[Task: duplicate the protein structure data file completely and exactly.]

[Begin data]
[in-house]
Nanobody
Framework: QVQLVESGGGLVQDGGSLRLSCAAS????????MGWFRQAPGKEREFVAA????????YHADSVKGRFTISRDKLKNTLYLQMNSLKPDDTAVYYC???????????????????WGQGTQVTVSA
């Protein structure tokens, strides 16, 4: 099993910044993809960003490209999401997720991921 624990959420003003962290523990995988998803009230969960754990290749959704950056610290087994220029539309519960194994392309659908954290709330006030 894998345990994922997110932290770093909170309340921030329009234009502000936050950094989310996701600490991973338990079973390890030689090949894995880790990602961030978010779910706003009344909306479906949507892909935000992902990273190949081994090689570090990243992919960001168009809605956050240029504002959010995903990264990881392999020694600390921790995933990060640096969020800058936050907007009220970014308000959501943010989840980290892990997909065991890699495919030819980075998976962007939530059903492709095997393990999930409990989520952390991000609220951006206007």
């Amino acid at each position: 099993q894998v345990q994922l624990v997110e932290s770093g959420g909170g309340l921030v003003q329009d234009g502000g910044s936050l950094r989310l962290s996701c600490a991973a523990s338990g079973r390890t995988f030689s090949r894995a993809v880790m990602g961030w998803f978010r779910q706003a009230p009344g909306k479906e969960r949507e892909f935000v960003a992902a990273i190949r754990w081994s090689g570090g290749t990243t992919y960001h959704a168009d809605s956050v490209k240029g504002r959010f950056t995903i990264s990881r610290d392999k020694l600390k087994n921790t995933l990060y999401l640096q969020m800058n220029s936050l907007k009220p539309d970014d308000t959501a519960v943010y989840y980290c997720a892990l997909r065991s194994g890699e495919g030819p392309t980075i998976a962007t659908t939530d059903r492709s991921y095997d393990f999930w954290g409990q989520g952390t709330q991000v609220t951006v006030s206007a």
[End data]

[in-house]
Nanobody
Framework: QVQLVESGGGLVQDGGSLRLSCAAS????????MGWFRQAPGKEREFVAA????????YHADSVKGRFTISRDKLKNTLYLQMNSLKPDDTAVYYC???????????????????WGQGTQVTVSA
């Protein structure tokens, strides 16, 4: 099993910044993809960003490209999401997720991921 624990959420003003962290523990995988998803009230969960754990290749959704950056610290087994220029539309519960194994392309659908954290709330006030 894998345990994922997110932290770093909170309340921030329009234009502000936050950094989310996701600490991973338990079973390890030689090949894995880790990602961030978010779910706003009344909306479906949507892909935000992902990273190949081994090689570090990243992919960001168009809605956050240029504002959010995903990264990881392999020694600390921790995933990060640096969020800058936050907007009220970014308000959501943010989840980290892990997909065991890699495919030819980075998976962007939530059903492709095997393990999930409990989520952390991000609220951006206007």
């Amino acid at each position: 099993q894998v345990q994922l624990v997110e932290s770093g959420g909170g309340l921030v003003q329009d234009g502000g910044s936050l950094r989310l962290s996701c600490a991973a523990s338990g079973r390890t995988f030689s090949r894995a993809v880790m990602g961030w998803f978010r779910q706003a009230p009344g909306k479906e969960r949507e892909f935000v960003a992902a990273i190949r754990w081994s090689g570090g290749t990243t992919y960001h959704a168009d809605s956050v490209k240029g504002r959010f950056t995903i990264s990881r610290d392999k020694l600390k087994n921790t995933l990060y999401l640096q969020m800058n220029s936050l907007k009220p539309d970014d308000t959501a519960v943010y989840y980290c997720a892990l997909r065991s194994g890699e495919g030819p392309t980075i998976a962007t659908t939530d059903r492709s991921y095997d393990f999930w954290g409990q989520g952390t709330q991000v609220t951006v006030s206007a």